The major advantage of the hydronic system is the low cost of operation, it is very efficient and because the liquid remains in the system in a continuous loop the heat effectively transferred to the room.
Cast Iron boilers are a cost effective method to heat the liquid, however, those boilers need to be replaced every couple of years (depending on the amount of use of the system). Also, Calcium build up in the boiler tank make its operation less effective and efficient over time.
Hydronic systems are normally quite expansive to install. Closed loop hydronic systems are normally filled with water and 25% glycol. The boiler heats the liquid in the system and a single or a series of pumps transfer the hot liquid through the system to a series of tubes that are laid in the floor.
The system requires a series of valves that control the flow of the hot liquid. These valves require regular maintenance as Calcium in the water builds up around the seals in the valves.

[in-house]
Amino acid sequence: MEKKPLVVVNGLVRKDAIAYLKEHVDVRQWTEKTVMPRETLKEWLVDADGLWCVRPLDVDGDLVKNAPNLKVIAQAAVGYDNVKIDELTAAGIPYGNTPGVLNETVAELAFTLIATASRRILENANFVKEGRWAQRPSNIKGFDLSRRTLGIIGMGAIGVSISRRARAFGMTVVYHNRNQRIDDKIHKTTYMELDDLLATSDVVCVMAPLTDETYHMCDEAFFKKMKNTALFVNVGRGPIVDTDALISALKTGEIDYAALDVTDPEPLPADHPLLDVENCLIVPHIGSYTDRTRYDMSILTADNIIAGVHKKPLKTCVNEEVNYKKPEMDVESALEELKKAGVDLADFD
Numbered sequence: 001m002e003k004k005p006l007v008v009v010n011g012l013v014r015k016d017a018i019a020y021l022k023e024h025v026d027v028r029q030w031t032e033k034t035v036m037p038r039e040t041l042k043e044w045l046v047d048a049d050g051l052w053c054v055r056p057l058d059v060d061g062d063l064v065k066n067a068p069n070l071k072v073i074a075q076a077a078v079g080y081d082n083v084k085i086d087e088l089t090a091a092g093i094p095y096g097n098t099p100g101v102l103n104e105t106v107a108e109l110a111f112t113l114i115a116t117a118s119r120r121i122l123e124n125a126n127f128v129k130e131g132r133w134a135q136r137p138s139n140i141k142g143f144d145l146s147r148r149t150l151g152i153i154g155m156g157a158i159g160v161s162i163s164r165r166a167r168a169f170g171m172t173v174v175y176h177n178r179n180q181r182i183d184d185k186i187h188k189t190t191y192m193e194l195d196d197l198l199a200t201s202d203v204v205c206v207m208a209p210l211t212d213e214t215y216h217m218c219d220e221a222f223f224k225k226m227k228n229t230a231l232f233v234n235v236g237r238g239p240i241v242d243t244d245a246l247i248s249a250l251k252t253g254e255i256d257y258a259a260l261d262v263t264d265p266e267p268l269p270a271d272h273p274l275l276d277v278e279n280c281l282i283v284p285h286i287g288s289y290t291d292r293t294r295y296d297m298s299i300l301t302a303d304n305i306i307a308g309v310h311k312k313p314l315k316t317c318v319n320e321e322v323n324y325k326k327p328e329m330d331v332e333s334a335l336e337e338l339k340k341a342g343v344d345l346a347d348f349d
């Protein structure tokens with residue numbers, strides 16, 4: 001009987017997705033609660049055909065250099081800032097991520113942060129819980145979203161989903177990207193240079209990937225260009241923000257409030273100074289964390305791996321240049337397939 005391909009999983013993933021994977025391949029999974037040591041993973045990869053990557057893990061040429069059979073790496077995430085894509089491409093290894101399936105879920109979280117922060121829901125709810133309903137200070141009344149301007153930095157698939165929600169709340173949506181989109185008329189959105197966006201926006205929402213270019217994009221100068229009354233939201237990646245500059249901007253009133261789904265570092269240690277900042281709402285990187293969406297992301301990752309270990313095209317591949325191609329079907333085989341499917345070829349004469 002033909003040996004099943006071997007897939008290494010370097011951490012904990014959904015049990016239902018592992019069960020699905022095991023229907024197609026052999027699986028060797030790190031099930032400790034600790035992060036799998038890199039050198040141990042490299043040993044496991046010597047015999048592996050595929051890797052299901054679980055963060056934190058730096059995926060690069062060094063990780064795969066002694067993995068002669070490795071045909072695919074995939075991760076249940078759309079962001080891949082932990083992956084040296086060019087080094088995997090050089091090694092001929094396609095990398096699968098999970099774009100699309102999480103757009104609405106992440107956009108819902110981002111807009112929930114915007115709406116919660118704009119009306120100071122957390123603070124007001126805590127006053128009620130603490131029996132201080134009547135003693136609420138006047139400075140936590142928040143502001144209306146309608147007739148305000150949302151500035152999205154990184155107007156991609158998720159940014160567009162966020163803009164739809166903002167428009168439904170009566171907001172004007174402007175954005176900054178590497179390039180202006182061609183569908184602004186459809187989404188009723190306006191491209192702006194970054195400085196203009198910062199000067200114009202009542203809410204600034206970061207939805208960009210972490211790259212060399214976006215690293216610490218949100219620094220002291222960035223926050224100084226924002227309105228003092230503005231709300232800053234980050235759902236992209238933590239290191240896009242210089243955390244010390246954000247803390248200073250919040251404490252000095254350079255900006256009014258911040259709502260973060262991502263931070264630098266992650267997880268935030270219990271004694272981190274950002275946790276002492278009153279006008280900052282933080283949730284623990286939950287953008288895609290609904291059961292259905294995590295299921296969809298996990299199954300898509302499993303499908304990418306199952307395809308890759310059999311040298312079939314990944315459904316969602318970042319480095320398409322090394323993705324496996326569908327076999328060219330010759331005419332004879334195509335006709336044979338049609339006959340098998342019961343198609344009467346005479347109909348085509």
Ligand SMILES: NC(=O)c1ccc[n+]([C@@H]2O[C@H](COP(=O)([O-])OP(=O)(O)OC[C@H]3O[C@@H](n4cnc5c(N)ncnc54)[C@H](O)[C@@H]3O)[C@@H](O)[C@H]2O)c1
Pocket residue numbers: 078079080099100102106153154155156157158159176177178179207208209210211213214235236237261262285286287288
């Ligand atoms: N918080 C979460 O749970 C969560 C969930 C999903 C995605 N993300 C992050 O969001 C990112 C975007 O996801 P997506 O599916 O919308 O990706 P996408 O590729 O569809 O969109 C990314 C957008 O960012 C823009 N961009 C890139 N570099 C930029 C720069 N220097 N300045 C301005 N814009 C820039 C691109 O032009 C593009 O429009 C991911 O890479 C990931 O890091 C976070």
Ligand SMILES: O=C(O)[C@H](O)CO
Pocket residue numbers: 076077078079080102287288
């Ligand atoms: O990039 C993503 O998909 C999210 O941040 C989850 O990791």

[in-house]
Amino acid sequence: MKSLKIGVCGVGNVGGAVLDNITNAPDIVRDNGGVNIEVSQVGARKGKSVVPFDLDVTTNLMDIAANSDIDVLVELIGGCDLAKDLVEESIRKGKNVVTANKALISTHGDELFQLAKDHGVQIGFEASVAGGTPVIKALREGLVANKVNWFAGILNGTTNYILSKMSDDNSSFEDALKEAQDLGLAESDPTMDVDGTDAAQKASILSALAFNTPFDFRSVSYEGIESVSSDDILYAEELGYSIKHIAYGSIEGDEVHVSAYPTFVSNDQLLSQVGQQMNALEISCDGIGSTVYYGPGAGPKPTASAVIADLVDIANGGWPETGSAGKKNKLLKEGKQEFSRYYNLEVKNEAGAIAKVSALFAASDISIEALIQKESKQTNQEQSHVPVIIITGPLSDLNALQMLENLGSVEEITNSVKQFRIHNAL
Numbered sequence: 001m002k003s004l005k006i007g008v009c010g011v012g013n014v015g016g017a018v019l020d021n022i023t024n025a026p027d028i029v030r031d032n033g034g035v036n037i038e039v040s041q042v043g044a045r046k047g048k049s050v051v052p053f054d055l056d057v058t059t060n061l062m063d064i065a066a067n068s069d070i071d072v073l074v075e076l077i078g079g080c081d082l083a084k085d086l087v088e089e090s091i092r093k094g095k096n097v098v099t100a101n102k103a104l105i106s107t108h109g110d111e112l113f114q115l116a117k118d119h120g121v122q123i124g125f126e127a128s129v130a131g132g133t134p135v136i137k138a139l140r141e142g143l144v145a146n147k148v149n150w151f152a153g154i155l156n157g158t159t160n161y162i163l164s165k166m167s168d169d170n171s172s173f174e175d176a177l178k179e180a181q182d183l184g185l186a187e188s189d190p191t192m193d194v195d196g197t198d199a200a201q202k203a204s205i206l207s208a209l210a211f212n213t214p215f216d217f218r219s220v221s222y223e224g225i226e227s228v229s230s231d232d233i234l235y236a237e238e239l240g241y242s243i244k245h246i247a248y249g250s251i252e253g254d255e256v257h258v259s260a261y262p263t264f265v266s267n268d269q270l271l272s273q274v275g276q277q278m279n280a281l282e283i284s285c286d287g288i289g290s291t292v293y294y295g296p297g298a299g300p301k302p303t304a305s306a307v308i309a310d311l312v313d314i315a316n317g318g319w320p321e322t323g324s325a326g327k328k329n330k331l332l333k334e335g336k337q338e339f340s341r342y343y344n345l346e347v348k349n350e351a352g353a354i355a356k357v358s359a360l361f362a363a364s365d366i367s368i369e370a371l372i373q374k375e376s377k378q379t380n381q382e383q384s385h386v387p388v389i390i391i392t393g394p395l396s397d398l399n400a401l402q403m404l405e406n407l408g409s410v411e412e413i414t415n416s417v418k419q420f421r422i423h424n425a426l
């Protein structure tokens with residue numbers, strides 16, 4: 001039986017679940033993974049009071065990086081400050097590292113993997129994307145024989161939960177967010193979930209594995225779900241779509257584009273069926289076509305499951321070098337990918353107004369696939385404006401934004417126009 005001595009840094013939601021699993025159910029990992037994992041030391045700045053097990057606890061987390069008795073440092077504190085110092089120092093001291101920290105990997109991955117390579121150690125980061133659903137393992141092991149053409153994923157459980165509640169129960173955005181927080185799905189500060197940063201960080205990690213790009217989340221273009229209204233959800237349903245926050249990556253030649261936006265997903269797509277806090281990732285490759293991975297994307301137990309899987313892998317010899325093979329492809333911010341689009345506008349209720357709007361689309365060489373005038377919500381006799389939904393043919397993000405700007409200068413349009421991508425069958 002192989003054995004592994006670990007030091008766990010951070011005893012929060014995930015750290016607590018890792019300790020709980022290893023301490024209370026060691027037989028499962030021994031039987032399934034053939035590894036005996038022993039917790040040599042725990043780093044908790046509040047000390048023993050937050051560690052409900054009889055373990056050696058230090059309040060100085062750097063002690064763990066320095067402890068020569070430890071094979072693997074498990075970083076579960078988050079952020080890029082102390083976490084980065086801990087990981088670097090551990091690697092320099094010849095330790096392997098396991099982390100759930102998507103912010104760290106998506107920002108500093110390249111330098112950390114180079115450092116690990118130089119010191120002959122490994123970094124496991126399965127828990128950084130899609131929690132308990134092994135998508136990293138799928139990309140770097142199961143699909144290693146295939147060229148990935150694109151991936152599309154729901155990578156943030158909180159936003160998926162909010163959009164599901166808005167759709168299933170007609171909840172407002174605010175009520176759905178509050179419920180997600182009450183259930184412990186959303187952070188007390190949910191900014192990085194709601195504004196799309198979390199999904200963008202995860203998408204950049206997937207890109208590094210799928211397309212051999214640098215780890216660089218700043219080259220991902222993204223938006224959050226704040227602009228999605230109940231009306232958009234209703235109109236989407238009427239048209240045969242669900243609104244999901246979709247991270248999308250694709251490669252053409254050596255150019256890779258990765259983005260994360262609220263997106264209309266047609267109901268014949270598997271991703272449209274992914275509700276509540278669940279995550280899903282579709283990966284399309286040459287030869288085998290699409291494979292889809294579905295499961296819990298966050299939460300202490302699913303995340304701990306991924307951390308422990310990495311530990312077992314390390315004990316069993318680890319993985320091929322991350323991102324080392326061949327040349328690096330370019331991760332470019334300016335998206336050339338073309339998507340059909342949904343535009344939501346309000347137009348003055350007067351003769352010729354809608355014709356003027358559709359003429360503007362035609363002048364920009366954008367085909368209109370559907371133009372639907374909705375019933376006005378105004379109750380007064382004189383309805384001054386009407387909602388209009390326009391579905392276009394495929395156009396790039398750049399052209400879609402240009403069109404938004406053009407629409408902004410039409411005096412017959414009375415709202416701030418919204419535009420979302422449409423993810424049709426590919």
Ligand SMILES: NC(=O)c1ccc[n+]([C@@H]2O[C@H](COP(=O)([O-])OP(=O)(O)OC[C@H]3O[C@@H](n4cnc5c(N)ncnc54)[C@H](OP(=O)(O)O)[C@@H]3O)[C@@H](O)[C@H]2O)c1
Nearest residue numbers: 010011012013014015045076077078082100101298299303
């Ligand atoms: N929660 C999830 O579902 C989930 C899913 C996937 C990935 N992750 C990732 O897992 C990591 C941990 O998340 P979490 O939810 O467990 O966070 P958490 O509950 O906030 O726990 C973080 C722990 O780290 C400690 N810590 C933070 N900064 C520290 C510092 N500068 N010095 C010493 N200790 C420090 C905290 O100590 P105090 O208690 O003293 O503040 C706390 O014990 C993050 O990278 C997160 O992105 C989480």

Since the system requires several mechanic components, it also requires to be located out of site and thereby requires floor space. This limitation may make the system less attractive in many applications.
Normally the PEX tubing which is laid on the floor can be as much as an 2 inches thick, one must consider the consequences of raising the floor, as it affects other flooring surfaces, height of doors and the need to remove and reinstall the baseboards.
When choosing between the various warm floor systems, you must also consider the weight of the cement compound that would need to be placed on the subfloor and ensure that the flooring is sufficiently strong to support the extra weight.